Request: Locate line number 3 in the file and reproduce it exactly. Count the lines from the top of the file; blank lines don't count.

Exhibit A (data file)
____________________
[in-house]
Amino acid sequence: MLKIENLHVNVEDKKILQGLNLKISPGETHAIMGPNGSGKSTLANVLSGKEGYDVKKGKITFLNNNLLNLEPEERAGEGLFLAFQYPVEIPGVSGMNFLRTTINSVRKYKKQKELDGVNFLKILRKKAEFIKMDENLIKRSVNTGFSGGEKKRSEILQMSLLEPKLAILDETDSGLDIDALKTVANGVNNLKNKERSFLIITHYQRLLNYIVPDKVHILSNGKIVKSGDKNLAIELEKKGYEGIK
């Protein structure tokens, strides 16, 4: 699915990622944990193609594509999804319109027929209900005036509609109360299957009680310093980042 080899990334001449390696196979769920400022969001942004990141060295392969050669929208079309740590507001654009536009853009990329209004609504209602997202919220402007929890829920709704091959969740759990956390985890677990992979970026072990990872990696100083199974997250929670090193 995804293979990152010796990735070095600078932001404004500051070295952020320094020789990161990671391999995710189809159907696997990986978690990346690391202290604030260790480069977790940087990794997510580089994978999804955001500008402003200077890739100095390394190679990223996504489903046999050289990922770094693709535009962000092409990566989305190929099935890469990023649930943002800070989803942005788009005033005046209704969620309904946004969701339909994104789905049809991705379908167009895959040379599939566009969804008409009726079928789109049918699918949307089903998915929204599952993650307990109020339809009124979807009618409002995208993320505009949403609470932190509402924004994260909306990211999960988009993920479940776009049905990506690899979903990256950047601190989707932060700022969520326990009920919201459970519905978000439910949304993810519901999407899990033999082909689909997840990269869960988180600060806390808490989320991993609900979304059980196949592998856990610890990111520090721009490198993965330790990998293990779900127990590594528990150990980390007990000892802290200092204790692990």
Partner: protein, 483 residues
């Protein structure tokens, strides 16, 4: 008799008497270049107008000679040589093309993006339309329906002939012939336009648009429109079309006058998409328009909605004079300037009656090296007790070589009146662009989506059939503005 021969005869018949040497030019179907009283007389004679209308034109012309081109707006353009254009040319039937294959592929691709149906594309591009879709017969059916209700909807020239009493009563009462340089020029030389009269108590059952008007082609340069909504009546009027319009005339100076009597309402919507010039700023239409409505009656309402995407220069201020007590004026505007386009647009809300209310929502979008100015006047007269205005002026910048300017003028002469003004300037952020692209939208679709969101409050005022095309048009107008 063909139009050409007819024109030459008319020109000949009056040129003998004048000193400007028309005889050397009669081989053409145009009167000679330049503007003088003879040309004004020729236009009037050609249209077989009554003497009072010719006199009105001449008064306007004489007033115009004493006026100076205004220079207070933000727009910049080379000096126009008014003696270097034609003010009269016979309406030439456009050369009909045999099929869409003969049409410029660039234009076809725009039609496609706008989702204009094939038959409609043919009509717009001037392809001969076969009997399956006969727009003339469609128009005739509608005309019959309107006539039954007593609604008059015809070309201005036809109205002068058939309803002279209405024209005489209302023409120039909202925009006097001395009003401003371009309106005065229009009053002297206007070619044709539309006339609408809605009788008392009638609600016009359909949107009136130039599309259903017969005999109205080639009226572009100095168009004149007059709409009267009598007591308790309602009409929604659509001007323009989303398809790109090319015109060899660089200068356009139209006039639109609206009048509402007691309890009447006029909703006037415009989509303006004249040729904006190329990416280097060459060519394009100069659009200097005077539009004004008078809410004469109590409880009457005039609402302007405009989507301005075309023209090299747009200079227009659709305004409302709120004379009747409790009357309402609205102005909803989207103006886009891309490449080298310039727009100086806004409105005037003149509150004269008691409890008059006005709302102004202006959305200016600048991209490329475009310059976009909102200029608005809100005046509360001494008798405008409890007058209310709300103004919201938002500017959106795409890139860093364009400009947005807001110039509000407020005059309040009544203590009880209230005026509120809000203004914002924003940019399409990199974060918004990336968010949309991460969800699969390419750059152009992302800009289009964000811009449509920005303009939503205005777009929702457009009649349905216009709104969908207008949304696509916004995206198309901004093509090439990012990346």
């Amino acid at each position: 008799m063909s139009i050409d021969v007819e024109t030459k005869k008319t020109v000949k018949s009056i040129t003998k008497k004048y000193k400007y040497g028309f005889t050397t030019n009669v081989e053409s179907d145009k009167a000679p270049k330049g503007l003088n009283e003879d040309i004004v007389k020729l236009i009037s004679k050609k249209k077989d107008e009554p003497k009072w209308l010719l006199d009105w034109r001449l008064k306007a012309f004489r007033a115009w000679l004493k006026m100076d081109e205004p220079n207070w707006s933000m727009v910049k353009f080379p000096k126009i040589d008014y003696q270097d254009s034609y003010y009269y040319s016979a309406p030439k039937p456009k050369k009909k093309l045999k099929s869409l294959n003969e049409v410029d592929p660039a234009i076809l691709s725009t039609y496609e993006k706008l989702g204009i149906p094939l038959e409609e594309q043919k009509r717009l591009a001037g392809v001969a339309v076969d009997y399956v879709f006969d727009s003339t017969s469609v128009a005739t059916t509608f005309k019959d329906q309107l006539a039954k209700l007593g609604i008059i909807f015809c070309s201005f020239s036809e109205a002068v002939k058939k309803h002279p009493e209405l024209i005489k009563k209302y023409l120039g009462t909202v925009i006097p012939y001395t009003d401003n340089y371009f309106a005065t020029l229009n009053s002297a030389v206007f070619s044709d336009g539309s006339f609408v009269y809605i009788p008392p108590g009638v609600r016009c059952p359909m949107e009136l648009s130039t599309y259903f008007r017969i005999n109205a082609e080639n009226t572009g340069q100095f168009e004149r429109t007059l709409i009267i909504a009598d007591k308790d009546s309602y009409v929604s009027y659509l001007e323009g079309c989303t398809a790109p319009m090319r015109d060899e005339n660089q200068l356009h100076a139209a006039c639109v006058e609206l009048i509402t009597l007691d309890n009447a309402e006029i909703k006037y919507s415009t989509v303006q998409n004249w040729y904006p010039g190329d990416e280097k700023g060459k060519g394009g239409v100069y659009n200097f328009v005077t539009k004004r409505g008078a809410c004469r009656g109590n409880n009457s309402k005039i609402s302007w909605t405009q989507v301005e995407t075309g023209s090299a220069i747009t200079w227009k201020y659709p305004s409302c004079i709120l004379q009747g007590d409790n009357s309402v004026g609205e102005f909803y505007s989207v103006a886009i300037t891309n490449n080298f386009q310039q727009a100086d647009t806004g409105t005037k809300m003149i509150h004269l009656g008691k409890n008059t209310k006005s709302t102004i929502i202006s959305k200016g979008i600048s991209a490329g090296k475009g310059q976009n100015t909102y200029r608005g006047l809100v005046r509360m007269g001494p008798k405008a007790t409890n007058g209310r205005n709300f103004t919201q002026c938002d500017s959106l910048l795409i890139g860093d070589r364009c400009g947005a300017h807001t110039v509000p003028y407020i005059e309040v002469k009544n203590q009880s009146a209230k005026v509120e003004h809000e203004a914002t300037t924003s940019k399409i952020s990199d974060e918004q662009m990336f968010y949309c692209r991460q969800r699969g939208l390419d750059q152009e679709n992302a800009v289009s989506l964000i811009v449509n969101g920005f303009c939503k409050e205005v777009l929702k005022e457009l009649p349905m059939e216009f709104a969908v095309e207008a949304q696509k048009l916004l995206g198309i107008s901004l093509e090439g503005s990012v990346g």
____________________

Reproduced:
């Protein structure tokens, strides 16, 4: 699915990622944990193609594509999804319109027929209900005036509609109360299957009680310093980042 080899990334001449390696196979769920400022969001942004990141060295392969050669929208079309740590507001654009536009853009990329209004609504209602997202919220402007929890829920709704091959969740759990956390985890677990992979970026072990990872990696100083199974997250929670090193 995804293979990152010796990735070095600078932001404004500051070295952020320094020789990161990671391999995710189809159907696997990986978690990346690391202290604030260790480069977790940087990794997510580089994978999804955001500008402003200077890739100095390394190679990223996504489903046999050289990922770094693709535009962000092409990566989305190929099935890469990023649930943002800070989803942005788009005033005046209704969620309904946004969701339909994104789905049809991705379908167009895959040379599939566009969804008409009726079928789109049918699918949307089903998915929204599952993650307990109020339809009124979807009618409002995208993320505009949403609470932190509402924004994260909306990211999960988009993920479940776009049905990506690899979903990256950047601190989707932060700022969520326990009920919201459970519905978000439910949304993810519901999407899990033999082909689909997840990269869960988180600060806390808490989320991993609900979304059980196949592998856990610890990111520090721009490198993965330790990998293990779900127990590594528990150990980390007990000892802290200092204790692990």